Germany had hoped that by returning 20 Benin Bronzes to Nigeria last year it was “healing the wounds” of colonialism and righting a historic wrong. But when it emerged that ownership of the repatriated objects will pass to the king of Benin rather than the Nigerian state, Berlin found itself facing a public relations nightmare. “The government has recklessly consigned African world heritage to oblivion,” Dorothee Bär, an MP for the conservative CDU/CSU bloc, told the FT.
“The pieces will vanish into the private possession of a Nigerian king.” “This is a debacle,” said Marc Jongen, an MP with the right-wing Alternative for Germany (AfD). Nigerians, however, have dismissed the furore.
“The audacity of these people — thinking they should decide what we do with objects we’ve been waiting 126 years to get back,” said Victor Ehikhamenor, a Nigerian artist and writer. “This is just neo-colonialism, and to be honest I find it really offensive.” Germany is widely seen as a pioneer in the restitution of looted art. The 20 pieces foreign minister Annalena Baerbock handed over in a ceremony in Abuja last year was just the start — in all, Berlin transferred ownership of 1,100 bronzes from five German museums to the Nigerian authorities.
The objects form part of the huge haul of treasures plundered by British troops when they sacked Benin City in 1897 and captured, deposed and exiled the king, or Oba. The Nigerian authorities — including the current Oba, Ewuare II — have long campaigned for their return.
Germany had assumed that ownership of the bronzes would rest with the Nigerian government and the National Commission for Museums and Monuments, the NCMM. But in a decree issued in late March, the outgoing president Muhammadu Buhari said they would be entrusted to the Oba of Benin Kingdom.
It identified him as the “original owner and custodian of the culture, heritage and tradition of the people of Benin kingdom” and granted him ownership of all repatriated artefacts “to the exclusion of any other person or persons and or institutions”. The German government said it was a matter for the Nigerians. Christofer Burger, spokesman for the German foreign ministry, said Germany had no say in the objects’ fate once they were returned, adding the restitution was “unconditional”.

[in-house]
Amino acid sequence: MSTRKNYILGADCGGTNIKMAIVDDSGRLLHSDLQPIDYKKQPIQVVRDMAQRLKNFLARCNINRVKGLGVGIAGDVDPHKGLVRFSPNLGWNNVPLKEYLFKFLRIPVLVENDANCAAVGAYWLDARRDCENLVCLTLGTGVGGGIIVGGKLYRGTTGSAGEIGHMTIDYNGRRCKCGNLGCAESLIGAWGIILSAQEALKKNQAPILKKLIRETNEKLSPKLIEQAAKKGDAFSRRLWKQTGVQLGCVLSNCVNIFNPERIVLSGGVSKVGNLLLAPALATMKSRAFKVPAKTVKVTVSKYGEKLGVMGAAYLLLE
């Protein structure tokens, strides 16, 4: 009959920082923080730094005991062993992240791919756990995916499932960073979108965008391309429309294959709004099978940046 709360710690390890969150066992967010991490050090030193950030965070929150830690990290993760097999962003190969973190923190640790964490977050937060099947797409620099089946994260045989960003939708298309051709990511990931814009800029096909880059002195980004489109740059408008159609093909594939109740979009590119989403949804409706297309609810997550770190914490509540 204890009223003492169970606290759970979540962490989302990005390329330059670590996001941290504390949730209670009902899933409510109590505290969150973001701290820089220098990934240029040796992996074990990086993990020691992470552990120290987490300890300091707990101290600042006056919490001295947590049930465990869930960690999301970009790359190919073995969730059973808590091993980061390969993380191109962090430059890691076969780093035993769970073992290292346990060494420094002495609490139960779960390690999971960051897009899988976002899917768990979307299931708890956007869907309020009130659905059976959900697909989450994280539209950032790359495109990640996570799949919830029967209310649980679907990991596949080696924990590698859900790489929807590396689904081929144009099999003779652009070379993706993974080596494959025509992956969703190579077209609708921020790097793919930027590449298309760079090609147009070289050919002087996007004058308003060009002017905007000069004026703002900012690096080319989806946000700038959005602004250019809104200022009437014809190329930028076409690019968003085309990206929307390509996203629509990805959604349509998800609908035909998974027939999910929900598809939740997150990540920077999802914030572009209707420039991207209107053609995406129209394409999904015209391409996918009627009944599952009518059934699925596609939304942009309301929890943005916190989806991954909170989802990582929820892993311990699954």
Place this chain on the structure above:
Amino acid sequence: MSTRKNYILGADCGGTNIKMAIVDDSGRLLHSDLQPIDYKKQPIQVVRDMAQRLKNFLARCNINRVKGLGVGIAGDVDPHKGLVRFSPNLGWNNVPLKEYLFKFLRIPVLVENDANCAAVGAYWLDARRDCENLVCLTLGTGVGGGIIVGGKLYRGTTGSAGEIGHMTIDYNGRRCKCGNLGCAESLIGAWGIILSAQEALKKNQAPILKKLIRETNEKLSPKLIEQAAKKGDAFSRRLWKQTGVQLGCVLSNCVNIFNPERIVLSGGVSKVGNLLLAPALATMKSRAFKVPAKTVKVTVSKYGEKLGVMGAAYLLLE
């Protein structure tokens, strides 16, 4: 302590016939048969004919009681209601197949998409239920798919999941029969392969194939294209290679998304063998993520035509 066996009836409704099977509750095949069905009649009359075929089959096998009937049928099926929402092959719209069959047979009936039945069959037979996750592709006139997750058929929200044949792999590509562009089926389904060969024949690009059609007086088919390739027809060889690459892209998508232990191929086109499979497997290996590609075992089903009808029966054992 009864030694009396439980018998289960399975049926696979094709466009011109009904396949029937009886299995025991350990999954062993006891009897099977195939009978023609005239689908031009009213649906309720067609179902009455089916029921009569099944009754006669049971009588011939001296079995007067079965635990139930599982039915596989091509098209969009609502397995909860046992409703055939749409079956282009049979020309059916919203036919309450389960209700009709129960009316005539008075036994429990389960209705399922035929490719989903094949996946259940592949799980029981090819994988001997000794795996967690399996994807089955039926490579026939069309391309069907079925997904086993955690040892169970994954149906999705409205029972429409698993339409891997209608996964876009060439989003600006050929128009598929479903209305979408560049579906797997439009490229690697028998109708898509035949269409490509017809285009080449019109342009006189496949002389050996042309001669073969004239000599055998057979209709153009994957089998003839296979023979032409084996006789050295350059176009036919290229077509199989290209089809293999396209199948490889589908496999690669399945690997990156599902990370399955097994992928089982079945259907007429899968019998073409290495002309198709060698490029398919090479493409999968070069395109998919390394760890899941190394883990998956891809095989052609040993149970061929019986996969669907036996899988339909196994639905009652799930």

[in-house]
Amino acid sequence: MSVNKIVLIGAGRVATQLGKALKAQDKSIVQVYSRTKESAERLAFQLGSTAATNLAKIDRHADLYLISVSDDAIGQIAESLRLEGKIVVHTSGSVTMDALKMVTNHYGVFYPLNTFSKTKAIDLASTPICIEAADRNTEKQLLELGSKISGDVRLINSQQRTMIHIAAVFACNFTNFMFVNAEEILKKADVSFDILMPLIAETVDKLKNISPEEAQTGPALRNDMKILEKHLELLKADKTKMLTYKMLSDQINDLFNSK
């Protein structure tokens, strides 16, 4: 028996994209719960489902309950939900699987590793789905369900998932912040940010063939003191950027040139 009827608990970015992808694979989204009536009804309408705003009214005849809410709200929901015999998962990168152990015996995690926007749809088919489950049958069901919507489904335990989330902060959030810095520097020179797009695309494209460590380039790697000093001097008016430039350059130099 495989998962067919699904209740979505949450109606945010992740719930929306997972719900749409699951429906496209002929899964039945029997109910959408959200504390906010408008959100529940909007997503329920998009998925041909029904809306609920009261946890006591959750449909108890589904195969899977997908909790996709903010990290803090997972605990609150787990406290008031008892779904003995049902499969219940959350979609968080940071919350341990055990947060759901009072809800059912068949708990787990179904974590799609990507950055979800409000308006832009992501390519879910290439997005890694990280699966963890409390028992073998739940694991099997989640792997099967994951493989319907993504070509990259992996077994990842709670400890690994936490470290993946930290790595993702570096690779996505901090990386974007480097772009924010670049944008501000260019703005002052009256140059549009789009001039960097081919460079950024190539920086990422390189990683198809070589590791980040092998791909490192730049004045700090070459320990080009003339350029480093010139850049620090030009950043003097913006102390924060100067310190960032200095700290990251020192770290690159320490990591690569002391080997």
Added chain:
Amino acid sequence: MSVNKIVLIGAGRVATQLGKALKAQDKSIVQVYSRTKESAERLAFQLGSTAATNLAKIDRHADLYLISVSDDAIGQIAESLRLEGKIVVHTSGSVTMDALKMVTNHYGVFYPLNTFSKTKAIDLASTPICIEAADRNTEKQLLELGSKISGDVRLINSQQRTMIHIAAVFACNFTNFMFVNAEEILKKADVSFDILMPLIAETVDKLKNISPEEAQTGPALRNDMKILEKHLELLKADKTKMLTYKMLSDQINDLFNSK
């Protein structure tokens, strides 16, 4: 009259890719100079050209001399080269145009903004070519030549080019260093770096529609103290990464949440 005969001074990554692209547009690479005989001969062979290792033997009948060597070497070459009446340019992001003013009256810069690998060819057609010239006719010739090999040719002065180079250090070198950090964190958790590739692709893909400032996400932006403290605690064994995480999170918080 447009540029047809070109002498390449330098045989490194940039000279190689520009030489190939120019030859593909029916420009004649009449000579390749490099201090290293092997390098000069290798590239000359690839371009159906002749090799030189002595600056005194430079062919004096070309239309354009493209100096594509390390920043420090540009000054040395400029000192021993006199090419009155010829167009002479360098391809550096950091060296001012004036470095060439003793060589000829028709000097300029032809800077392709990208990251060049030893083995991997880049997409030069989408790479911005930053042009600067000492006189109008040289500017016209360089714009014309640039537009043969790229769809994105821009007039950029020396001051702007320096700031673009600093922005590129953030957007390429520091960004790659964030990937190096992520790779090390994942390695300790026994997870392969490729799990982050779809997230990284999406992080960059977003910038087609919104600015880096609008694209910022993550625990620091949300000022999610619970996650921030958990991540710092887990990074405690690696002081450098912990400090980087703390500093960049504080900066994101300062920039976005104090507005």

“Where the returned bronzes will be legally held and how they’ll be made accessible to the people of Nigeria — those are things for the sovereign state of Nigeria to decide,” he said. Burger added that Buhari’s decree chimed with the principle that the community of origin should be involved in any process of restitution. “To insinuate that these bronzes will never be seen again just because Nigeria, not Germany, now controls them is a mindset that one would have hoped we had abandoned,” he added. But the Buhari decree unleashed an outcry on the German right, with conservative politicians arguing it made a mockery of the whole concept of restitution.
“This should be a wake-up call to end the hyper-moralism in the whole restitution debate,” said Marc Jongen, adding that Germany should immediately suspend all further repatriations of its Benin Bronzes.
The hope had been that the returned pieces would be displayed in a new museum, the Edo Museum of West African Art (EMOWAA), which is being built in Benin City. Berlin has contributed about €5m to the construction costs of the museum, which is the initiative of the governor of Edo, Godwin Obaseki, a rival of the Oba. Instead, the likelihood is that the objects will become part of a rival project backed by the Oba, the Benin Royal Museum. “Our exchequer is down €5m, the money spent on a museum in Nigeria which will never see the treasures we returned,” said Bär. Writing in the Frankfurter Allgemeine Zeitung earlier this month, the ethnologist Brigitta Hauser-Schäublin said the return of the Benin Bronzes had turned into a “fiasco”. “A public good is being turned into exclusive private property,” she wrote. But Barbara Plankensteiner, head of the Museum am Rothenbaum in Hamburg, said Hauser-Schäublin had misunderstood the role of the Oba. “The king is not a private person as such — he’s the representative of the culture and tradition of his people, and an important spiritual leader and identification figure for a whole community,” said Plankensteiner, who is a member of the Benin Dialogue Group bringing together European museums with key representatives from Nigeria.